Curating Difference is intended as an outlet for various writings ranging from art history, philosophy and politics to issues of identity. Of particular interest is the examination of the utility of art/creative processes in the development of technological, social and political advancements.

The notion of ‘Curating Difference’ arose in the first instance from a Master’s dissertation on the exhibition of Indigenous Australian (Aboriginal) Art. As I tackled the ins and outs of contemporary curatorial approaches in exhibiting art that does not necessarily fit established practices, I became consumed with the idea of exploring alternative modes of address. So called ‘non-Western’ art has been underrepresented and the methods of its display remains fraught and contested in the face of a lack of art historical inclusion. This echoes the relative exclusion of female artists, Indigenous or First Nation peoples, African art, Asian art and so on from the canon of Western art history and in the making of modernity. In a sociopolitical atmosphere where we increasingly lean towards permanent states of incommensurability, it is important to stay aware of how we perceive and articulate the ‘differences’ we see in each other.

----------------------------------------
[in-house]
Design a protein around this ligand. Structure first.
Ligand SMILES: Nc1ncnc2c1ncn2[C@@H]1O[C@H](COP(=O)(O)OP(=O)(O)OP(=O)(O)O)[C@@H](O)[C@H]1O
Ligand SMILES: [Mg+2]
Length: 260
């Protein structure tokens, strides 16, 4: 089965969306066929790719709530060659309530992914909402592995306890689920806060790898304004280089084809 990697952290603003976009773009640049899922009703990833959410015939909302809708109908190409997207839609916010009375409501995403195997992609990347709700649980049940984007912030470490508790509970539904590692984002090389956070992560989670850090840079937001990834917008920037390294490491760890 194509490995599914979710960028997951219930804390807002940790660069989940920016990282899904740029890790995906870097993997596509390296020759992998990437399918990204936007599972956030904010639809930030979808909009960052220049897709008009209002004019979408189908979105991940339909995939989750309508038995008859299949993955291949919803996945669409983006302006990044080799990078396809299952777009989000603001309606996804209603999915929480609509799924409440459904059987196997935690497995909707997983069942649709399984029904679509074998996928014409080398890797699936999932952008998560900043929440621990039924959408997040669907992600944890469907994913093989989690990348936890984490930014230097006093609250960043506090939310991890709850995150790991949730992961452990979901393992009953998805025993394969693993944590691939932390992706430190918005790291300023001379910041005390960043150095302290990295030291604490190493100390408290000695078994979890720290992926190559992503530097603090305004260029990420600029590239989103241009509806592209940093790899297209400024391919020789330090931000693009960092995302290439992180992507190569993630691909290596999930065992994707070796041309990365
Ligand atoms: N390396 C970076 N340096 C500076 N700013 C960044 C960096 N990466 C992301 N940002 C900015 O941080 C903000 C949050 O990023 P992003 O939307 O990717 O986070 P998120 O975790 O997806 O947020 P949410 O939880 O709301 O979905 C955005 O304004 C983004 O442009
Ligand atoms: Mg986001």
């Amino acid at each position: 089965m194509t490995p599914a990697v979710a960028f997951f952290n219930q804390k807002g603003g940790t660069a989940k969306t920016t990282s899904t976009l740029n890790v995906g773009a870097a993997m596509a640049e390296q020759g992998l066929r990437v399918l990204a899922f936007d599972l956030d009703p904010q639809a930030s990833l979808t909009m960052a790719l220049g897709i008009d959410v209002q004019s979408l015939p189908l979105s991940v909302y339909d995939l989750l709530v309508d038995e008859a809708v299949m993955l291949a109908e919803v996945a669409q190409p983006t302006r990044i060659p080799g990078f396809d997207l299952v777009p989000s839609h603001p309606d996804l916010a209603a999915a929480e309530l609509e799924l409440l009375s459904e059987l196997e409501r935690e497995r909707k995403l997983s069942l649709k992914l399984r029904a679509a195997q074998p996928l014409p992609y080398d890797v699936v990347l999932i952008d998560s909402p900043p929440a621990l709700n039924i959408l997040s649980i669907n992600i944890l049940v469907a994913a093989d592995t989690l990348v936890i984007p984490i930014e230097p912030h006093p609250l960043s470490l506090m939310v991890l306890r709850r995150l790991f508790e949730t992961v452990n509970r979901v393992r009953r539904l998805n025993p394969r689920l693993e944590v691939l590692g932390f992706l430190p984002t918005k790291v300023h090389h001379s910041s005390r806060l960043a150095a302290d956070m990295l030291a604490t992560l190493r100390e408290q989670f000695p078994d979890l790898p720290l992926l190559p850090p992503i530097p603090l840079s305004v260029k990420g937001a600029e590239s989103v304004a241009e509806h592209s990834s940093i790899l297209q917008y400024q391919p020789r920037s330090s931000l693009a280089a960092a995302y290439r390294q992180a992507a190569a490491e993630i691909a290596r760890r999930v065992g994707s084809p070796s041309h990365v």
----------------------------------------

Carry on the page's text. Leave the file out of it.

Art in its various expressions – as distilled fragments of the human experience – are encased in frameworks, interpreted widely, reduced and expanded, critiqued and praised. This is a personal account of my experience with art, society and life in general, and an extension of the creative ventures that emerge from my encounters with them.